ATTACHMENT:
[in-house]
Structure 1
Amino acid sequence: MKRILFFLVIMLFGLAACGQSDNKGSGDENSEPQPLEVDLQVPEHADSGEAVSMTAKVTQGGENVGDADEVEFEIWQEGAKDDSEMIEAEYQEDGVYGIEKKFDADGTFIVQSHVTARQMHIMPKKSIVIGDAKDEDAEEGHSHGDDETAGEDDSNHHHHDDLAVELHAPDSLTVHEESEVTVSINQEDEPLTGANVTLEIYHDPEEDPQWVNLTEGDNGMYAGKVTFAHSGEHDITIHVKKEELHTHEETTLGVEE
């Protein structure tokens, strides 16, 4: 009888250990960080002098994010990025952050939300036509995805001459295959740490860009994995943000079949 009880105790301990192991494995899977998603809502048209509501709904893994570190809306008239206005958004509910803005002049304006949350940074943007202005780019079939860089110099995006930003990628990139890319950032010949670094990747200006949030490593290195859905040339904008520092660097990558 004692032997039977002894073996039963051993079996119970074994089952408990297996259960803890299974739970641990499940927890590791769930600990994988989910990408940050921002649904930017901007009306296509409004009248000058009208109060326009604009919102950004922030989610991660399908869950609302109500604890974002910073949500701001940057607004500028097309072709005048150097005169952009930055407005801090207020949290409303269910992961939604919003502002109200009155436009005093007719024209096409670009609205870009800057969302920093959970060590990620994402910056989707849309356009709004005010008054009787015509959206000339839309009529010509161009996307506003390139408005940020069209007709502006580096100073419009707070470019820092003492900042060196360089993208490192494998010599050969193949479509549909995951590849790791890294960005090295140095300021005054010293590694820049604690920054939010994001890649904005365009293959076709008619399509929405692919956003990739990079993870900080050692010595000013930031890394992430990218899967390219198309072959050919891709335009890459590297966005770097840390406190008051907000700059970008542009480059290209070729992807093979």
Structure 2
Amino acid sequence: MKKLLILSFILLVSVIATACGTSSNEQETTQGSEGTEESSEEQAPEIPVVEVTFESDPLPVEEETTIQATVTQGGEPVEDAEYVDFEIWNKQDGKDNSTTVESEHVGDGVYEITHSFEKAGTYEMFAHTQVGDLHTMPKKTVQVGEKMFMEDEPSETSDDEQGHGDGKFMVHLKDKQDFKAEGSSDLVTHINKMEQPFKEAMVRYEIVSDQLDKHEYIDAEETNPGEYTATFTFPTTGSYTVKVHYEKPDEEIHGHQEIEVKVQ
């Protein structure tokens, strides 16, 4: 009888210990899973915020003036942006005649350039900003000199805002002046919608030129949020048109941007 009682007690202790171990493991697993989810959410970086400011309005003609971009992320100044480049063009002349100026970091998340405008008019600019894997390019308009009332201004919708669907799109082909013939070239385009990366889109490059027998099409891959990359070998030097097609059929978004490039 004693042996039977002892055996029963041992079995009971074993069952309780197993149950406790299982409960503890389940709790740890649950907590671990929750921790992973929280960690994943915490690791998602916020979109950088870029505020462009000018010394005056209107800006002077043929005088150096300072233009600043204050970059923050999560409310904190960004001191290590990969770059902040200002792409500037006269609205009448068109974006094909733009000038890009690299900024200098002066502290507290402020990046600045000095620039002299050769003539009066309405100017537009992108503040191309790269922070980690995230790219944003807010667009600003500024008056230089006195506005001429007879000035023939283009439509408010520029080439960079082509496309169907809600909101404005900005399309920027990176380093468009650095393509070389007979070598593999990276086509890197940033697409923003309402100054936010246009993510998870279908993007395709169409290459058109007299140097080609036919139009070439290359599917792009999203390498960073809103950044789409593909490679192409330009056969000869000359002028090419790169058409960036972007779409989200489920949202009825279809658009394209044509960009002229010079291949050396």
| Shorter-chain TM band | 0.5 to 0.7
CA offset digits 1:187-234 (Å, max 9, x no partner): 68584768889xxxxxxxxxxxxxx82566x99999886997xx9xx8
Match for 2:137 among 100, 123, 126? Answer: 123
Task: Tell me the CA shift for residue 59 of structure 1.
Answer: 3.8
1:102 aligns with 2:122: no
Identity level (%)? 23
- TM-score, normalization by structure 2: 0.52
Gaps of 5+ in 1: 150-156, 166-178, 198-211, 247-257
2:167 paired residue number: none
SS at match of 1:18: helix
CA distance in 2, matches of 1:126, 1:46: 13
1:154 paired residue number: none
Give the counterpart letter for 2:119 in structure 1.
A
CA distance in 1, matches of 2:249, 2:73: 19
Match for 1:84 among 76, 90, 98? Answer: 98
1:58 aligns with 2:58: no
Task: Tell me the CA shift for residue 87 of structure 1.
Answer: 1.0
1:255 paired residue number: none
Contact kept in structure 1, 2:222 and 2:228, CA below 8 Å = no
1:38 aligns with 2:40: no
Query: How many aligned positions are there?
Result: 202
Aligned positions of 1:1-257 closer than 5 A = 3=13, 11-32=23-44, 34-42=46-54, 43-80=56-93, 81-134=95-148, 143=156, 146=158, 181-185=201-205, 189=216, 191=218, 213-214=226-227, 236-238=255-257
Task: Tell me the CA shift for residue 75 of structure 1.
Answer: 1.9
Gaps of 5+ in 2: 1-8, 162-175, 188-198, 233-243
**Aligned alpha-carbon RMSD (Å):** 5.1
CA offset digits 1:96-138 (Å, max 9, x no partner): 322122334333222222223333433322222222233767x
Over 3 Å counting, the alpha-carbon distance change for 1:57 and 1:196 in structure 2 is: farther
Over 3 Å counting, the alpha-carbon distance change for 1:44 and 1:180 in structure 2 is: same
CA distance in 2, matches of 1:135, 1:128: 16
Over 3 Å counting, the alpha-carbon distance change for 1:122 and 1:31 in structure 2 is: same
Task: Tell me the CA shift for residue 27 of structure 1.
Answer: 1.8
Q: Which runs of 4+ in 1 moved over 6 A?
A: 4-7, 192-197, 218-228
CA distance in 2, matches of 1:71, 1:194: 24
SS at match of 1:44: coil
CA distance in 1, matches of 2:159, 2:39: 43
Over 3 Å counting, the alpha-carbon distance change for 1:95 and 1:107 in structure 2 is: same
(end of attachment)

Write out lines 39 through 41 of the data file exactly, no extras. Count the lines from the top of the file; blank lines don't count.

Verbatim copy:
Over 3 Å counting, the alpha-carbon distance change for 1:57 and 1:196 in structure 2 is: farther
Over 3 Å counting, the alpha-carbon distance change for 1:44 and 1:180 in structure 2 is: same
CA distance in 2, matches of 1:135, 1:128: 16